And I’m not even going to dignify the ridiculous notion that Dellavedova was trying to hurt Kyle Korver when diving for a loose ball on the floor in Game 2. Stop it.
“I saw the ball, I dived on the floor,” he said. “If I stay on my belly, it’s going to be a jump ball so I protect the ball and then kick it out to a teammate.”
He just does whatever it takes to show up for his teammates. He always has.
But we have to be able to draw a line somewhere, as the media, as fans of the game. Just because someone is good at getting under an opponent’s skin, that doesn’t make them a dirty player. It makes them a smart player, a grinder, an I’m-gonna-do-whatever-it-takes-to-win player.
People only have a problem with guys like that when they’re on the other team.
Dellavedova is a pest to his opponents, no doubt. But why, all of the sudden, is that such a bad thing?
Bradley Beal named Dellavedova his most difficult defender in a 2014 interview with SLAM magazine. Kyrie Irving had multiple spats with Delly early in his career, some even nearly turning physical, before a mutual respect replaced the disdain that once stood between them.
“Early in the season when you scrimmage more at practice, it definitely almost came to that — having to be separated,” Dellavedova told ESPN’s Dave McMenamin. “But it was never [personal]. We were both just playing hard and wanting to win in practice. It’s been great for my development, having to try to guard Kyrie every day in practice.”
And that’s it, he’s playing hard. In practice, in scrimmages, in off-season workouts, there is no such thing as taking a day off for Matthew Dellavedova, he’s always working.
But there is a distinct line between playing hard and playing dirty, and quite honestly, Delly rarely even skirts that line. He will box out with a vengeance, he will hit the floor for every loose ball — but he would never do anything to try and injure anybody on the court.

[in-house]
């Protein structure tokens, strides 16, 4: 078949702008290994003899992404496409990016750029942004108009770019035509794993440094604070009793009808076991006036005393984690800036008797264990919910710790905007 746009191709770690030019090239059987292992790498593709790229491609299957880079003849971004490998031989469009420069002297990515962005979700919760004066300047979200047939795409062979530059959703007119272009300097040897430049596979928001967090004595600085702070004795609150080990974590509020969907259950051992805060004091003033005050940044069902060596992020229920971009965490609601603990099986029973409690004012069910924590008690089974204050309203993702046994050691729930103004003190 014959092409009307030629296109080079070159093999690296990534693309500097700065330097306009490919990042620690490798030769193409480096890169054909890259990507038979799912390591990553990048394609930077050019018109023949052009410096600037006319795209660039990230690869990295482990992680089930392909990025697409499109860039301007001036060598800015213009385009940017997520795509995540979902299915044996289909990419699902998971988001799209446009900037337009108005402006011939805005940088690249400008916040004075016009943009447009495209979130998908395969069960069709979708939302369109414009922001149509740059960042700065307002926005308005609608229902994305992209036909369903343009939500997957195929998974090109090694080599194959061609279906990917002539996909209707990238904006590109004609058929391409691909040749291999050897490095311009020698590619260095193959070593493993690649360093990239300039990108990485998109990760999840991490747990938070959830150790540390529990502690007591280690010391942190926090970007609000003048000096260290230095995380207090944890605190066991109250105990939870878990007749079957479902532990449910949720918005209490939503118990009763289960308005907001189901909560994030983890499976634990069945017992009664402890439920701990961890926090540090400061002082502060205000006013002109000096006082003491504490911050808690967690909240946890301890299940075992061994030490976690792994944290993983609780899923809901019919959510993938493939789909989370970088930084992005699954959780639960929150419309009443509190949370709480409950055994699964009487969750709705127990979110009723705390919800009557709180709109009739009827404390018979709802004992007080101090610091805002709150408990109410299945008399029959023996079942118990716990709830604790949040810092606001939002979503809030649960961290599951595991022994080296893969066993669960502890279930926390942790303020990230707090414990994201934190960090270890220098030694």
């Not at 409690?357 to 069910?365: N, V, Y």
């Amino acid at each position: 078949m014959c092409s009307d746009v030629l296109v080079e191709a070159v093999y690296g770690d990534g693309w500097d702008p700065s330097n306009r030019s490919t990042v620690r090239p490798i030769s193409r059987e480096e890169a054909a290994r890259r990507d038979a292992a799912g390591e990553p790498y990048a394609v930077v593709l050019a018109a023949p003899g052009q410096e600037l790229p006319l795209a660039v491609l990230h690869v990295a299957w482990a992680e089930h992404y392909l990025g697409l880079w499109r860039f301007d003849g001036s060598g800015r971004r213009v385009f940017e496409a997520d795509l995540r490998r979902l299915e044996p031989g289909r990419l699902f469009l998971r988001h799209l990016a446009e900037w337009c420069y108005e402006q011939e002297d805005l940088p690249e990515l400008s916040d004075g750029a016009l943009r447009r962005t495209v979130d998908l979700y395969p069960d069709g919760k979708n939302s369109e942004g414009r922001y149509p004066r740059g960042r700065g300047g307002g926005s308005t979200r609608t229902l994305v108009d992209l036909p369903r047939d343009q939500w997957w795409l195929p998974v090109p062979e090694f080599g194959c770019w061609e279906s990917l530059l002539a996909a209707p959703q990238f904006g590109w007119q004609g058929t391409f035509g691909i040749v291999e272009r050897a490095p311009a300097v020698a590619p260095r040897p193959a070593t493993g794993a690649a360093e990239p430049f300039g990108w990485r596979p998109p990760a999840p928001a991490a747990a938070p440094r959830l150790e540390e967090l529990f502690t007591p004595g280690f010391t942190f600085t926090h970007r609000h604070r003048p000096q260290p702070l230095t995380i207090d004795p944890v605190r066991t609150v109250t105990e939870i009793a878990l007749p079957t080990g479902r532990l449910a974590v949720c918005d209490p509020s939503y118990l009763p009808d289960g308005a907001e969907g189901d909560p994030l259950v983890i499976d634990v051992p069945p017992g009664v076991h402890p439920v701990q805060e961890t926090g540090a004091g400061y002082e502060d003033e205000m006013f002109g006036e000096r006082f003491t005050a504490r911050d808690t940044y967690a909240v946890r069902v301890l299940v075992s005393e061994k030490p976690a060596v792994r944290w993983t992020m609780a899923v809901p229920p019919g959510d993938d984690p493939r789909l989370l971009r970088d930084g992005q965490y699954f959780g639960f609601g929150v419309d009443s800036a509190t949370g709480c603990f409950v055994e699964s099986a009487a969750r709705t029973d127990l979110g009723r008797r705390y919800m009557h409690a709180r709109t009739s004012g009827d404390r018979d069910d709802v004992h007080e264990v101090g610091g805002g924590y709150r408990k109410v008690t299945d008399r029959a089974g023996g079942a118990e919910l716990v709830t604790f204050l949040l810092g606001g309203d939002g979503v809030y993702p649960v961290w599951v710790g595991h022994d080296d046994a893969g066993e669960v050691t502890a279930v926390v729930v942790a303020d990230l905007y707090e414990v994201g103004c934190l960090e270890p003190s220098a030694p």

I can see how his opponents would find themselves irritated by him and his game, but this attack on Dellavedova’s character as a basketball player seems more like Atlanta’s sour-puss response to getting steamrolled from the outset than it does a legitimate complaint.
But the Hawks aren’t exactly angels themselves. After all, it was Horford who came down with an elbow that prompted TNT’s on-air crew to say, “That’s WWE right there. Somewhere, Hulk Hogan just got off his couch and tore off his shirt.”
And that’s not the only play that the Cavaliers took exception to.
“In game two, when Antic two-hand shoves me out of the air,” James said in reference to the notion that Dellavedova plays dirty. “I mean, the fact that I’m still playing, we don’t talk about it, but he two-hand shoves me in the air, so… what are we really talking about? Are we talking about us trying to win basketball games, or about those guys trying to figure out a way to say, you know, ‘Matthew Dellavedova is this type of player.’”
LeBron made it clear in the postgame press conference after Game 3 that he did not appreciate the narrative surrounding Dellavedova’s play.
“Obviously, I’m a little off about it because this is my guy, this is my teammate,” James said. “And this is a guy that goes out and works his tail off every single night and, you know, people are trying to give him a bad rap. He doesn’t deserve it and I don’t like it, but I’m not going to get involved in anything that’s outside of basketball.”
James also referenced the “brotherhood” and “NBA family” that exists within the league, but said that you can never remove that aggressive nature from the game, especially during the postseason. At the end of the day, James and the Cavaliers know what they have in Dellavedova and they’re just glad he’s sporting their colors.
“This guy, he works his tail off every single day, he beats the odds, and he comes to play as hard as he can every single night,” LeBron said. “And if they’re focused on Delly, then… they’re focused on the wrong thing.”